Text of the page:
Soil Indicators of Hydrologic Health and Resilience in Cypress Domes of West-Central Florida

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Cypress wetlands, Geographically isolated wetlands, Soil water content, Soil organic carbon, Soil carbon isotope ratio, Ecological resilience

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Groundwater pumping in west-central Florida has caused water table declines that disrupt hydroperiods and negatively impact already threatened, geographically isolated freshwater wetlands in this region. Currently, aboveground biological indicators are used to determine the health status of wetlands impacted by groundwater withdrawals, however some soil properties, such as organic matter content, are partly a function of the duration of saturation and could be used as additional indicators. Therefore, this study evaluated soil organic carbon and related soil properties for comparison with the biological indicators of wetland health status. Soil samples were taken from the top 30 cm of the land surface (i.e., bulk density, soil water content, nitrogen content, and carbon and nitrogen isotopic composition) within pond cypress (Taxodium ascendens) domes previously categorized by the local water management district using wetland health classifications of “healthy”, “significantly changed”, or “severely changed”. Mean soil water content (w) was significantly higher in “healthy” wetlands as compared to “significantly changed” and “severely changed” sites, and “healthy” sites also tended to have lower bulk density and higher soil carbon and soil nitrogen content. This trend was most pronounced toward the center and lowest elevation of the wetland, presumably where soils remain saturated longest. Stable carbon isotope values (δ13C) of soil organic matter showed that “severely changed” sites exhibited more 13C-enriched values that arise from long term contributions of warm-season (C4) grasses, consistent with the observed upland grasses encroaching into the most impacted wetlands. Notably, soil characteristics may be crucial for determining the resilience of wetlands, as one sampled “healthy” site contained comparably less soil organic matter, reducing the water holding capacity and leaving it more vulnerable to water table declines. These results suggest that extensive annual saturation of soils is required to maintain the cypress dome ecological community structure and preserve wetland health and resilience. Frequent monitoring of soil water may prove a convenient proxy for soil water retention properties and ecosystem health of wetlands in similar settings.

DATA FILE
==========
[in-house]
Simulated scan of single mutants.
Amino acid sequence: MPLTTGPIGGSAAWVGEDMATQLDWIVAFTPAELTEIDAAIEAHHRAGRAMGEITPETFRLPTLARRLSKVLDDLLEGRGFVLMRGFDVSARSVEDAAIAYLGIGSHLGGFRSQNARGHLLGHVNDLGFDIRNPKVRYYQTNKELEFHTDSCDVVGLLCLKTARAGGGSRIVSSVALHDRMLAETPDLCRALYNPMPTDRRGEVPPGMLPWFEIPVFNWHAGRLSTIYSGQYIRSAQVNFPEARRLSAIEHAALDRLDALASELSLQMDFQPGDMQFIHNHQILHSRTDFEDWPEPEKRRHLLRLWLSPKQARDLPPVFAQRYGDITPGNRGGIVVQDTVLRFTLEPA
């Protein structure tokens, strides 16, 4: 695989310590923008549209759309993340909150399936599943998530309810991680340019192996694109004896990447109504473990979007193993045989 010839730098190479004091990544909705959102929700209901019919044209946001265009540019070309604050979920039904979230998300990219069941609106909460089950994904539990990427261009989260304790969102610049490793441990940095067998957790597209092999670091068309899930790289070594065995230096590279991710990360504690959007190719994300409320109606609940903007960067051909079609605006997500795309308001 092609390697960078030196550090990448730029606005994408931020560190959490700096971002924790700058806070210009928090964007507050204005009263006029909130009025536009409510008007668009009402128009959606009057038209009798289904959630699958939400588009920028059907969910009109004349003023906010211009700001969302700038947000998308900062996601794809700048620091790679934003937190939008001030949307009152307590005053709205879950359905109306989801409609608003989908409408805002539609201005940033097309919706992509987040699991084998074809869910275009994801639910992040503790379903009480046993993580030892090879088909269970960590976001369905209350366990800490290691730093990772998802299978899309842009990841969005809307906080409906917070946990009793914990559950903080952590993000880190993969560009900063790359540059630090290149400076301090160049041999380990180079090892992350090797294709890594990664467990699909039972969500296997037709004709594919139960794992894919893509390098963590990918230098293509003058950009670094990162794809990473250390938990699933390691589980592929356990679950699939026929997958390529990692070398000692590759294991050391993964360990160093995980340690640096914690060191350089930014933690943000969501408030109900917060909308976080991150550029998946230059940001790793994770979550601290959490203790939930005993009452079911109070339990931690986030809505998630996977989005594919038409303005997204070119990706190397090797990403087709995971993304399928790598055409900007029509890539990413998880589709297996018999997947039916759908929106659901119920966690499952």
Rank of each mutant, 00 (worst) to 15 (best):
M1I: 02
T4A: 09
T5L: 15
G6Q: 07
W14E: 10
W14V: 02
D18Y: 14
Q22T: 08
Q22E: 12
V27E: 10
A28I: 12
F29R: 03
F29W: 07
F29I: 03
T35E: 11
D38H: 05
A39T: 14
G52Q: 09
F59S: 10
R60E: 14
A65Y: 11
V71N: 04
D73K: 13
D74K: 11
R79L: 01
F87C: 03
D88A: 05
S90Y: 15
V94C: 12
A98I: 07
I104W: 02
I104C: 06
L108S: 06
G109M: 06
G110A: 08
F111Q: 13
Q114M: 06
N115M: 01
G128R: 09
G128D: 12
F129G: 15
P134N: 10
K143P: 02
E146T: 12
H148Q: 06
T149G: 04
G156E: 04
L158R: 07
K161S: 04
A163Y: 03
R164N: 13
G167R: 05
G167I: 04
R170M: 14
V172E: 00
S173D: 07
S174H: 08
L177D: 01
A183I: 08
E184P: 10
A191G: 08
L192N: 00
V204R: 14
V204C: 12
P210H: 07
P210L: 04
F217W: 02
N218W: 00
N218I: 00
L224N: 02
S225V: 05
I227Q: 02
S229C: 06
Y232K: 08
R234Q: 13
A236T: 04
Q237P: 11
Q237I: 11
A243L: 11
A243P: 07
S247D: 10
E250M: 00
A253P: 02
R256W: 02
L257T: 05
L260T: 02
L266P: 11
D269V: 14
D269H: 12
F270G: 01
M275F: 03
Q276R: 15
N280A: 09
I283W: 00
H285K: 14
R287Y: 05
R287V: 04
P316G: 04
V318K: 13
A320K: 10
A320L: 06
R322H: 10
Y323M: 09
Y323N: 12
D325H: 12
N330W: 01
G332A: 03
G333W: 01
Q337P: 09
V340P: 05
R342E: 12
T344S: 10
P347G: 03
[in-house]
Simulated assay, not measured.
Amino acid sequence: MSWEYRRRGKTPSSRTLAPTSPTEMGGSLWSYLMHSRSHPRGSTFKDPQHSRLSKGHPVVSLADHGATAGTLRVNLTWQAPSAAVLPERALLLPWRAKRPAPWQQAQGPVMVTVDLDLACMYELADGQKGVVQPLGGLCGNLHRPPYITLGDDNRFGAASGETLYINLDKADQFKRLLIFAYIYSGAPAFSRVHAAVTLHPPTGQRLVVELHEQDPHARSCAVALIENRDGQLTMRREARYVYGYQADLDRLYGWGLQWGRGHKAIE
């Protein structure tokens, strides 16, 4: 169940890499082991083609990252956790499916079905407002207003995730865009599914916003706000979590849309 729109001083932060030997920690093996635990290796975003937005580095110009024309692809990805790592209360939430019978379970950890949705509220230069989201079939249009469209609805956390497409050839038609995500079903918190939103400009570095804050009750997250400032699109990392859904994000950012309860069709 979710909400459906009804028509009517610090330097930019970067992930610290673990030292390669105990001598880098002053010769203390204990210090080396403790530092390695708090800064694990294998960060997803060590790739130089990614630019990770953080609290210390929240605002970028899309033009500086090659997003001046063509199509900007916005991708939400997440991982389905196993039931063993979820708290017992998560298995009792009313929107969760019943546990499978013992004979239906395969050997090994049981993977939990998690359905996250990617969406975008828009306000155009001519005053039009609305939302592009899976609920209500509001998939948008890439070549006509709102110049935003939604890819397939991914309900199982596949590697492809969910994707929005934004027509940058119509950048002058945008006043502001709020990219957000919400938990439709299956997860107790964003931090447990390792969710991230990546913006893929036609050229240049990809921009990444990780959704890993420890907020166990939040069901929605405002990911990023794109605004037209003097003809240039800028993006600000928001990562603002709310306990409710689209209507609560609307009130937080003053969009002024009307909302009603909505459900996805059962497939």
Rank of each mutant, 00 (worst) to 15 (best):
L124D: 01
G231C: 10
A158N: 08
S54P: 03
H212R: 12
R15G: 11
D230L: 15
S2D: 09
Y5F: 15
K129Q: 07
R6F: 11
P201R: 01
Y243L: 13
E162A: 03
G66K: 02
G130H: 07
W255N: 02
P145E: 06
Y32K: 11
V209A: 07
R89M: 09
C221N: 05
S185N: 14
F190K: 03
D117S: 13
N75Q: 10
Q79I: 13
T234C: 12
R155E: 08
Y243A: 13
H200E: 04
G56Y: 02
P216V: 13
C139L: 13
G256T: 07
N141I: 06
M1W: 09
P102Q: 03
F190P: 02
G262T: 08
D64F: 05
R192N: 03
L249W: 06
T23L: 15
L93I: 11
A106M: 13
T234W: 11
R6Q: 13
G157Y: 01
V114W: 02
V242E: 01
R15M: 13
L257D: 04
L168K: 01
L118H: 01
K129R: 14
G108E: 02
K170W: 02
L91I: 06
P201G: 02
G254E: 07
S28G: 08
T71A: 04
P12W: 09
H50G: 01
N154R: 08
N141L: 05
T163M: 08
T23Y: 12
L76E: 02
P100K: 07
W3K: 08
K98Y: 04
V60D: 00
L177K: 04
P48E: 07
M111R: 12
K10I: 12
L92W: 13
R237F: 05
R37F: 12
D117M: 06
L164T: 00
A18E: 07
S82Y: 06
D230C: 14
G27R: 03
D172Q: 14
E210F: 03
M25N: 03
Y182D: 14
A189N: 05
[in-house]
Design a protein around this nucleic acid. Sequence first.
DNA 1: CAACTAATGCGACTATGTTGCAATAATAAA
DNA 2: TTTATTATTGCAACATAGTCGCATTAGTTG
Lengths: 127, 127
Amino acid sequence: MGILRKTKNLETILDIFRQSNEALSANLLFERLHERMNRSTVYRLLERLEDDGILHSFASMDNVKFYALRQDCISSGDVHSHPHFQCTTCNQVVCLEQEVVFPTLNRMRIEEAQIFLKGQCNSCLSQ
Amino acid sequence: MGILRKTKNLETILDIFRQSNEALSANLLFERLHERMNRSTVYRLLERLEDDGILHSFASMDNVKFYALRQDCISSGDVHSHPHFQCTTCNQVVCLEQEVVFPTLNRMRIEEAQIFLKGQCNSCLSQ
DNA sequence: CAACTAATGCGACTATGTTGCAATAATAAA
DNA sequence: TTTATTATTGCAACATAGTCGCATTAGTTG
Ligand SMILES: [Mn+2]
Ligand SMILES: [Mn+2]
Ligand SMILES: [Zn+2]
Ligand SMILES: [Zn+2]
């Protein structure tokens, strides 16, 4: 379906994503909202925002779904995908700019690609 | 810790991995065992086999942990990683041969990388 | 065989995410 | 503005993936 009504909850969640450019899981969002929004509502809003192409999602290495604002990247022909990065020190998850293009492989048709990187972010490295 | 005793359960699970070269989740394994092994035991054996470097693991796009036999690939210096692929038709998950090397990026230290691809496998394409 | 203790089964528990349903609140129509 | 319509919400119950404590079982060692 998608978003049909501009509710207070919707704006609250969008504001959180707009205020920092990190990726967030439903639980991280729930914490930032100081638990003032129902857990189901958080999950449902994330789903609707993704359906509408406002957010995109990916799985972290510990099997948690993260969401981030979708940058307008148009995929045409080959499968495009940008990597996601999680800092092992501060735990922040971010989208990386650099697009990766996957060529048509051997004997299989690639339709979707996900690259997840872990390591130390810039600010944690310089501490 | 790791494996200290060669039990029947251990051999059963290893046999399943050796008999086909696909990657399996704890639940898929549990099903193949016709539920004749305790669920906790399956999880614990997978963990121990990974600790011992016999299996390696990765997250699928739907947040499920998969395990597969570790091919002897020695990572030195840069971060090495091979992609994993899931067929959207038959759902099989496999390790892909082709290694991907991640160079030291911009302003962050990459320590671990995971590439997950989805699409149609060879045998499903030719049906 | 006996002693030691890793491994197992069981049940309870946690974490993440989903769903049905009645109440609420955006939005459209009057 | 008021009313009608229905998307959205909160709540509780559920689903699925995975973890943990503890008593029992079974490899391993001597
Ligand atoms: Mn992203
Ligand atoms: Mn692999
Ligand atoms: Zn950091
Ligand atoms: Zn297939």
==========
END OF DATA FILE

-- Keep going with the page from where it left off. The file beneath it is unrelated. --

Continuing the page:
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Citation / Publisher Attribution

Ecological Indicators, v. 97, p. 269-279